In 2014, George Washington University professor Samuel Goldman wrote an essay for The American Conservative on what he called “The Jeremiah Option.” Many Christians were (and still are) suggesting a geographic separation from our increasingly secularized society, in an effort to salvage what remains of Christian culture and intellectual thought. The idea was first elucidated in Alasdair MacIntyre’s classic volume After Virtue, but American Conservative editor Rod Dreher has explored the topic in greater depth on his blog and in his new book, titled The Benedict Option: A Strategy For Christians In A Post-Christian Nation.
There is more nuance to Dreher’s argument than mere reactionary withdrawal, but Goldman still believed Dreher’s solution to cultural secularism was incomplete. “Communal withdrawal can construct a barrier against the worst facets of modern life … yet it can also lead to isolation from the stimulating opposition that all traditions need to avoid stagnation,” he wrote.
In contrast, Goldman referenced the vision of community found in Jeremiah 29, wherein God commands the Israelites—currently in Babylonian exile—to settle themselves in the foreign city, and seek the good of their community:
Thus saith the Lord of hosts, the God of Israel, unto all that are carried away captives, whom I have caused to be carried away from Jerusalem unto Babylon; build ye houses, and dwell in them; and plant gardens, and eat the fruit of them; take ye wives, and beget sons and daughters; and take wives for your sons, and give your daughters to husbands, that they may bear sons and daughters; that ye may be increased there, and not diminished. And seek the peace of the city whither I have caused you to be carried away captives, and pray unto the Lord for it: for in the peace thereof shall ye have peace. (Jeremiah 29:4-7)
Goldman insists that this commitment to community is beneficial for both parties, and necessary for the development of a just and balanced society: “While not a member of traditional religious community myself, I am convinced that the rest of society is immeasurably enriched by the presence of such communities in political, cultural, and intellectual life,” he writes. “So while I do fear that practices of separation will be bad for those communities themselves … I am certain that they will be bad for the rest of us.”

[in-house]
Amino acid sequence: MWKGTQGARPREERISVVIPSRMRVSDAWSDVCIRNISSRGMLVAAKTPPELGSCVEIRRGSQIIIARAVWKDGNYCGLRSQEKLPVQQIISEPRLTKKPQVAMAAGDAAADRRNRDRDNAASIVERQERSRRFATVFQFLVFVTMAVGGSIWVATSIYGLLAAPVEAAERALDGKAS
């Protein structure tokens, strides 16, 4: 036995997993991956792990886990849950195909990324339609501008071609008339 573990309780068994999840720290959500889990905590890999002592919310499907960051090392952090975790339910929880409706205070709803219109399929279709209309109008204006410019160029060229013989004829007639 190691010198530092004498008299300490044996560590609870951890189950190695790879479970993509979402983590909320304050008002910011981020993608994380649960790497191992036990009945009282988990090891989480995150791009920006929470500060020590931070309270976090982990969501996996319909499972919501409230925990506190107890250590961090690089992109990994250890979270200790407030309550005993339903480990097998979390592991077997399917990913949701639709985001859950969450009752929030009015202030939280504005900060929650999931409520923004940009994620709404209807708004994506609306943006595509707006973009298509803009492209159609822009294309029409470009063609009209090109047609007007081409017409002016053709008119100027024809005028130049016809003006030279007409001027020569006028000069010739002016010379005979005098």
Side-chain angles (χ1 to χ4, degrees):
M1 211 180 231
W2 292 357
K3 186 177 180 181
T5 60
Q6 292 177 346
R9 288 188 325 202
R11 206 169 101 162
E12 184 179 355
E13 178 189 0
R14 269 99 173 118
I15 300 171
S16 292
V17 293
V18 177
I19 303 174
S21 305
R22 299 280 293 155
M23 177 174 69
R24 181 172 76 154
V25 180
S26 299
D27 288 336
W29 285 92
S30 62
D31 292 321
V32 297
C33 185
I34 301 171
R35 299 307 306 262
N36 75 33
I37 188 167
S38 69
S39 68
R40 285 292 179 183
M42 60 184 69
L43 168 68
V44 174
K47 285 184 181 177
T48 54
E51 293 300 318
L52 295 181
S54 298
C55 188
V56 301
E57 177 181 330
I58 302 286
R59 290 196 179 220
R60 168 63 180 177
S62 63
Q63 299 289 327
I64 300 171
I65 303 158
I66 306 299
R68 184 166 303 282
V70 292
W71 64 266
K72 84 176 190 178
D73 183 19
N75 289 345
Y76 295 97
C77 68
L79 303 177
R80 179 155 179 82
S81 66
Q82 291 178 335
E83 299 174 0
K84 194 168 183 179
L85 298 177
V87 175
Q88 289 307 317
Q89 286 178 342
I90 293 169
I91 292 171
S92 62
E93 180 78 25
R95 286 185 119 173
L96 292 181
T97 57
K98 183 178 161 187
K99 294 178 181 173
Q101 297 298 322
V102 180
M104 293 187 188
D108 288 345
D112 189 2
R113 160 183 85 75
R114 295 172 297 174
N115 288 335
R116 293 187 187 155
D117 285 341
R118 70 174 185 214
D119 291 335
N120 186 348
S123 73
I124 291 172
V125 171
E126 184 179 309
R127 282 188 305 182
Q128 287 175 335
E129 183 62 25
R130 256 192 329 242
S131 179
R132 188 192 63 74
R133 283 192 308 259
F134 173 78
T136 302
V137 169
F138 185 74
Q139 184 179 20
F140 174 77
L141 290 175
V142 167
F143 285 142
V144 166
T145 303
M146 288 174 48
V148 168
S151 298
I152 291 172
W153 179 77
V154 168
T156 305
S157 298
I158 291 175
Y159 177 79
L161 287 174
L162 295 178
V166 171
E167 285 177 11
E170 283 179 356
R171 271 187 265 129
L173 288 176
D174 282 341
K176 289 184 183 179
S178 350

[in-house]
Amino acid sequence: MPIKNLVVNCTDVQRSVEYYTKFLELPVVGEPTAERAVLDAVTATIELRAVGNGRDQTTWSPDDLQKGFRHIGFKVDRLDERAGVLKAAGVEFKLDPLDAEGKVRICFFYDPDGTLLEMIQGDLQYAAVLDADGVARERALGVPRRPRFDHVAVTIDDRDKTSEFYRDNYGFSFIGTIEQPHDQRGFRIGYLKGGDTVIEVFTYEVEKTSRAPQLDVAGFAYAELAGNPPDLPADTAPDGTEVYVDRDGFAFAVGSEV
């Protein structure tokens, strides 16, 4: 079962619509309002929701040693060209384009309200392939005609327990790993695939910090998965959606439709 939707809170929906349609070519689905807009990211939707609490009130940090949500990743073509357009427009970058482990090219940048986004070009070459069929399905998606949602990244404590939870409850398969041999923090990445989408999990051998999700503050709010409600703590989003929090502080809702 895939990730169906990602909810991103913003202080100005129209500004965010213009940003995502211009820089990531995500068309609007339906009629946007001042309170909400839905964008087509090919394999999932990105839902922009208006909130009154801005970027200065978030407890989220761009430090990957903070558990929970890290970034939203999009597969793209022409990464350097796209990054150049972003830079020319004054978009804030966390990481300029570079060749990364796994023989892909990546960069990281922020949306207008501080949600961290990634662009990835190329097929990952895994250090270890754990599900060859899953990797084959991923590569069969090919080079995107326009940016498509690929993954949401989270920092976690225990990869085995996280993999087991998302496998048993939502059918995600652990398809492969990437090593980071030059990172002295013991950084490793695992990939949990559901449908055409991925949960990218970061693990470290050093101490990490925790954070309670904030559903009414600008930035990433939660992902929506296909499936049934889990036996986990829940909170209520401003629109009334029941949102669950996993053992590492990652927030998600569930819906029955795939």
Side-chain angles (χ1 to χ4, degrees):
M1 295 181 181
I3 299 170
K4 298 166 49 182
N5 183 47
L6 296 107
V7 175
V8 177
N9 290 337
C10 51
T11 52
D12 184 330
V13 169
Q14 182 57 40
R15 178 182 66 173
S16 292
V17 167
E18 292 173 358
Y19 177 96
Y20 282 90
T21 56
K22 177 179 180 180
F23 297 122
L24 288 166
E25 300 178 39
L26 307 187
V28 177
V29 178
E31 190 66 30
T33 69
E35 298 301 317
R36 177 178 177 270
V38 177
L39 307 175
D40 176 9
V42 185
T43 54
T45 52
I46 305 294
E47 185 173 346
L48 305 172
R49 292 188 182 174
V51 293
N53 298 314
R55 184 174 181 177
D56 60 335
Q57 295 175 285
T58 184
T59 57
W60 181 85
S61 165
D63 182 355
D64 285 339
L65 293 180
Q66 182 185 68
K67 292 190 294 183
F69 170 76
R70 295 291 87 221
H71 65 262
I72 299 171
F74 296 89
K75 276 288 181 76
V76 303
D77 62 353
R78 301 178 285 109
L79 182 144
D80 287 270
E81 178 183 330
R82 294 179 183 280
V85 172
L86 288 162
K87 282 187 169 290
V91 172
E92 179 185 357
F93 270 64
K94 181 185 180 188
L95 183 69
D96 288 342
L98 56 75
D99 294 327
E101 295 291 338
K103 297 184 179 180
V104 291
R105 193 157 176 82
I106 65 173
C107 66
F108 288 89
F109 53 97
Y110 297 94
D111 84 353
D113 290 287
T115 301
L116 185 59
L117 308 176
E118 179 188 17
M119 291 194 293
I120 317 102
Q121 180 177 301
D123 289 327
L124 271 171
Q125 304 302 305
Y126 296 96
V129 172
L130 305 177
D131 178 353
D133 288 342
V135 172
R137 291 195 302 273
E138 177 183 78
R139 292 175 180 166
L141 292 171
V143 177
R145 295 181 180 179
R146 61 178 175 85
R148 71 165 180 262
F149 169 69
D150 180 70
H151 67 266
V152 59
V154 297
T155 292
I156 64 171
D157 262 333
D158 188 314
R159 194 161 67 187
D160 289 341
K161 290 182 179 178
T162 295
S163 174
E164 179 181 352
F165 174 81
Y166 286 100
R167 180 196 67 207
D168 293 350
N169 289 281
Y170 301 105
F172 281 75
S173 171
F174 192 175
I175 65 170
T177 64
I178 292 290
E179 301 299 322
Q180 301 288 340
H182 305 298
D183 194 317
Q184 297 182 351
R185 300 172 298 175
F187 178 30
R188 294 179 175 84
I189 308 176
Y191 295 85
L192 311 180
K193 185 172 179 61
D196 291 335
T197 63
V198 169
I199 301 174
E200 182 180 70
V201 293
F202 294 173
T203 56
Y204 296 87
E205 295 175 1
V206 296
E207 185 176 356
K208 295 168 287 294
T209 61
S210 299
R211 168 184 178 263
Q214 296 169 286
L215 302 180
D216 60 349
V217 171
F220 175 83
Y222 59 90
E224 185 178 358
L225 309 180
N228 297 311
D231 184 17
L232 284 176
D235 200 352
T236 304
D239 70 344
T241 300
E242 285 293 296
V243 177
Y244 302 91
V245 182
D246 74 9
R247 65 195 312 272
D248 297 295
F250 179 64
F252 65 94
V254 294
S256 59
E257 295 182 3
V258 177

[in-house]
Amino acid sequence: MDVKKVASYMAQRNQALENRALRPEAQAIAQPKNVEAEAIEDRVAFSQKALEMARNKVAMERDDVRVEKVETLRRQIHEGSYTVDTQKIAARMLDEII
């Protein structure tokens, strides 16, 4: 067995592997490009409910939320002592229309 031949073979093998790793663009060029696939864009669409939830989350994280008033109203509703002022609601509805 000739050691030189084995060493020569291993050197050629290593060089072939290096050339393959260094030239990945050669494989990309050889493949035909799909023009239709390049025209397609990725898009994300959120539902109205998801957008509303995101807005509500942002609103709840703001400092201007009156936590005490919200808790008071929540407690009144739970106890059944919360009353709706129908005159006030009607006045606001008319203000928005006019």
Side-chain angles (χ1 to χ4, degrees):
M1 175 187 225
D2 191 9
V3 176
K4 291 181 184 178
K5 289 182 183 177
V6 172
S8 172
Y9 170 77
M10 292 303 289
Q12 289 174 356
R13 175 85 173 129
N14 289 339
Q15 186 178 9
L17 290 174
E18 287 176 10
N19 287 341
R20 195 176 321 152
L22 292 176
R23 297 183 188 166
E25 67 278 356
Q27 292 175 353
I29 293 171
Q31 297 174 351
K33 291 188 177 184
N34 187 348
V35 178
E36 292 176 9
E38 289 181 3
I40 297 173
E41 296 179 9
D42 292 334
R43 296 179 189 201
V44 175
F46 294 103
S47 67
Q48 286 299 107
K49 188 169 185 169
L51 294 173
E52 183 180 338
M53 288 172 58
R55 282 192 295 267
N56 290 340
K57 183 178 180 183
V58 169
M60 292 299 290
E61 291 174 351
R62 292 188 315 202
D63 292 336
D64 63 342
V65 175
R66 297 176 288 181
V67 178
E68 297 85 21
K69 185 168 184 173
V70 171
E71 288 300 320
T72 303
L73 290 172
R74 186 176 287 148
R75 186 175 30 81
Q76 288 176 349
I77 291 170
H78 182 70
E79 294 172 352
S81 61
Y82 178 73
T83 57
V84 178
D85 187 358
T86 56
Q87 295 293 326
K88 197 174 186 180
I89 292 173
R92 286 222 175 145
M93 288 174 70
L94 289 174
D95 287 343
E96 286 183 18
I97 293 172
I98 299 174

These principles need not only be applied to religious individuals’ participation in the larger society. They are true of any and all of us—liberal, conservative, libertarian, moderate—who find ourselves sojourning in a “foreign land.” It is our differences that suit us to each other, and make us indispensable to each other. Iron sharpens iron. Differing populations hone and mature each other.
Living in a liberal city forces me to acknowledge the best facets of progressive urbanism, even while I seek to bring the best of my conservatism to bear on town government (wherever and however I’m able). So too, a California native who moves to small-town Idaho must learn to respect the traditions and customs that have grown in that place’s soil, even while he endeavors to bring new ideas to its community.
Perhaps discord and hostility are inevitable in our current political climate. We’re more polarized and fractured than ever before. But if these trends can be reversed, the transformation will happen in real, physical spaces—not on Facebook. Those who are willing to be sojourners in a politically foreign land will do more to bridge these ideological divides than any online commentator can achieve. We need only be willing.